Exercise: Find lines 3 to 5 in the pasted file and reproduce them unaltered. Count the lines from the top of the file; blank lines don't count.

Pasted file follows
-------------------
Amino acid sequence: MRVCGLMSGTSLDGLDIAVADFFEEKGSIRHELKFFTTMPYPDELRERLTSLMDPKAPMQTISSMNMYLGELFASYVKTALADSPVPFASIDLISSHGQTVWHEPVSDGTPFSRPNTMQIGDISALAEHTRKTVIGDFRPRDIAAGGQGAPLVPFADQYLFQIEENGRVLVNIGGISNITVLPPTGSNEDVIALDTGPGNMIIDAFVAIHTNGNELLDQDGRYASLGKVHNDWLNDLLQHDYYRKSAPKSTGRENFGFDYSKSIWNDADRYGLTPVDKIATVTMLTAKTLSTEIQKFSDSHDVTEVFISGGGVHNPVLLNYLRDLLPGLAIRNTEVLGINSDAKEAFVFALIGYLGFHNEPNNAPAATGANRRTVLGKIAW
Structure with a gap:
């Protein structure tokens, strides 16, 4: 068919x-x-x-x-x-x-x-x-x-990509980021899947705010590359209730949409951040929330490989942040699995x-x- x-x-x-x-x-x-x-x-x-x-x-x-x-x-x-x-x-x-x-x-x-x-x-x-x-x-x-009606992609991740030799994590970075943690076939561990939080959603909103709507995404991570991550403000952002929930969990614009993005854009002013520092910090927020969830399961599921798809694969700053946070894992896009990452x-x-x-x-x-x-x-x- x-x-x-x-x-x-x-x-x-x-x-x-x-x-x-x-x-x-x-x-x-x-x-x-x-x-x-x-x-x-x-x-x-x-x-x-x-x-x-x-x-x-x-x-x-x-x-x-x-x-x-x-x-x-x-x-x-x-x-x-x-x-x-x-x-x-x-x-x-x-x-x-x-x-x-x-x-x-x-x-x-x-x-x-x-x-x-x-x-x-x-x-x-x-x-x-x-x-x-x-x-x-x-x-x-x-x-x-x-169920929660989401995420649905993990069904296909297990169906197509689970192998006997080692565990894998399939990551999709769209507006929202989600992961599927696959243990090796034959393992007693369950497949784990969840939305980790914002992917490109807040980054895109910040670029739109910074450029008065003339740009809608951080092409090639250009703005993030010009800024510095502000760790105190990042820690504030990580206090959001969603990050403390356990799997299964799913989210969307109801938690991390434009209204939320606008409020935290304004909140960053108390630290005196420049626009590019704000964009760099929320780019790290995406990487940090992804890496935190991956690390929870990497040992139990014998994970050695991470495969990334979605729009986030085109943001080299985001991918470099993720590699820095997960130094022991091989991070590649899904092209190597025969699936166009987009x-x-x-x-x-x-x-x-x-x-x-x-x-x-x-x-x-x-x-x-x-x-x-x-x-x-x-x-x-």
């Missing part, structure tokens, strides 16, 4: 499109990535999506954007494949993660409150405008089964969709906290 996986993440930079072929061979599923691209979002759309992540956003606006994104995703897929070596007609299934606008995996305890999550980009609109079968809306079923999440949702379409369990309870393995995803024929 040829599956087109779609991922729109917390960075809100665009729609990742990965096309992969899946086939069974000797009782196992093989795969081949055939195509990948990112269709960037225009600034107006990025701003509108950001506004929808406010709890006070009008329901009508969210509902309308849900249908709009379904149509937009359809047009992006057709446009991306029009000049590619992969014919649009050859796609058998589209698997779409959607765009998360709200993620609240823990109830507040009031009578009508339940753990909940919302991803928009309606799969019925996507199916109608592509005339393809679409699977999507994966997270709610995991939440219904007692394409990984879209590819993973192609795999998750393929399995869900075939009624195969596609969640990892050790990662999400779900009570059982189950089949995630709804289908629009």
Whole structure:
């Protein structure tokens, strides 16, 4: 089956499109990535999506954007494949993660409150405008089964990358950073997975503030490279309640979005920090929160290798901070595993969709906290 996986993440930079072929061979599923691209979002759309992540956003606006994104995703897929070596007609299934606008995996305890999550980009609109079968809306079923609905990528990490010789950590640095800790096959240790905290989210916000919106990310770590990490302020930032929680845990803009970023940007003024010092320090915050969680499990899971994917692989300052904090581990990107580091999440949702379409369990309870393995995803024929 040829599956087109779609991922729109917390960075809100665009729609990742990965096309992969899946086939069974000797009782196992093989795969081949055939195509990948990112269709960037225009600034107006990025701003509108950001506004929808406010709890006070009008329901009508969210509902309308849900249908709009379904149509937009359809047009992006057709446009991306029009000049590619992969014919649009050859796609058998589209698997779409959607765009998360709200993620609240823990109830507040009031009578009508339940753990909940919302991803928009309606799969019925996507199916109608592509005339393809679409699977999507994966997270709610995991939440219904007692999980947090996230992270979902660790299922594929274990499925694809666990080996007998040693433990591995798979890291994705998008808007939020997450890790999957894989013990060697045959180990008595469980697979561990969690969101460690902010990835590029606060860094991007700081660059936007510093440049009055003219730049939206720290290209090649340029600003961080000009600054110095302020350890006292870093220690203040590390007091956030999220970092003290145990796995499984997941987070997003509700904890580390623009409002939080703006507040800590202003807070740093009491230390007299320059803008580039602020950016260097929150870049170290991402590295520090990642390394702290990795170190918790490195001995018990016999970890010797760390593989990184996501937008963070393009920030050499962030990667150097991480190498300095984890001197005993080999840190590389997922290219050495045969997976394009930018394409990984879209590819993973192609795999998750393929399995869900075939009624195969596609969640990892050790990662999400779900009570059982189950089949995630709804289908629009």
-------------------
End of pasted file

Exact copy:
């Protein structure tokens, strides 16, 4: 068919x-x-x-x-x-x-x-x-x-990509980021899947705010590359209730949409951040929330490989942040699995x-x- x-x-x-x-x-x-x-x-x-x-x-x-x-x-x-x-x-x-x-x-x-x-x-x-x-x-x-009606992609991740030799994590970075943690076939561990939080959603909103709507995404991570991550403000952002929930969990614009993005854009002013520092910090927020969830399961599921798809694969700053946070894992896009990452x-x-x-x-x-x-x-x- x-x-x-x-x-x-x-x-x-x-x-x-x-x-x-x-x-x-x-x-x-x-x-x-x-x-x-x-x-x-x-x-x-x-x-x-x-x-x-x-x-x-x-x-x-x-x-x-x-x-x-x-x-x-x-x-x-x-x-x-x-x-x-x-x-x-x-x-x-x-x-x-x-x-x-x-x-x-x-x-x-x-x-x-x-x-x-x-x-x-x-x-x-x-x-x-x-x-x-x-x-x-x-x-x-x-x-x-x-169920929660989401995420649905993990069904296909297990169906197509689970192998006997080692565990894998399939990551999709769209507006929202989600992961599927696959243990090796034959393992007693369950497949784990969840939305980790914002992917490109807040980054895109910040670029739109910074450029008065003339740009809608951080092409090639250009703005993030010009800024510095502000760790105190990042820690504030990580206090959001969603990050403390356990799997299964799913989210969307109801938690991390434009209204939320606008409020935290304004909140960053108390630290005196420049626009590019704000964009760099929320780019790290995406990487940090992804890496935190991956690390929870990497040992139990014998994970050695991470495969990334979605729009986030085109943001080299985001991918470099993720590699820095997960130094022991091989991070590649899904092209190597025969699936166009987009x-x-x-x-x-x-x-x-x-x-x-x-x-x-x-x-x-x-x-x-x-x-x-x-x-x-x-x-x-």
């Missing part, structure tokens, strides 16, 4: 499109990535999506954007494949993660409150405008089964969709906290 996986993440930079072929061979599923691209979002759309992540956003606006994104995703897929070596007609299934606008995996305890999550980009609109079968809306079923999440949702379409369990309870393995995803024929 040829599956087109779609991922729109917390960075809100665009729609990742990965096309992969899946086939069974000797009782196992093989795969081949055939195509990948990112269709960037225009600034107006990025701003509108950001506004929808406010709890006070009008329901009508969210509902309308849900249908709009379904149509937009359809047009992006057709446009991306029009000049590619992969014919649009050859796609058998589209698997779409959607765009998360709200993620609240823990109830507040009031009578009508339940753990909940919302991803928009309606799969019925996507199916109608592509005339393809679409699977999507994966997270709610995991939440219904007692394409990984879209590819993973192609795999998750393929399995869900075939009624195969596609969640990892050790990662999400779900009570059982189950089949995630709804289908629009």
Whole structure: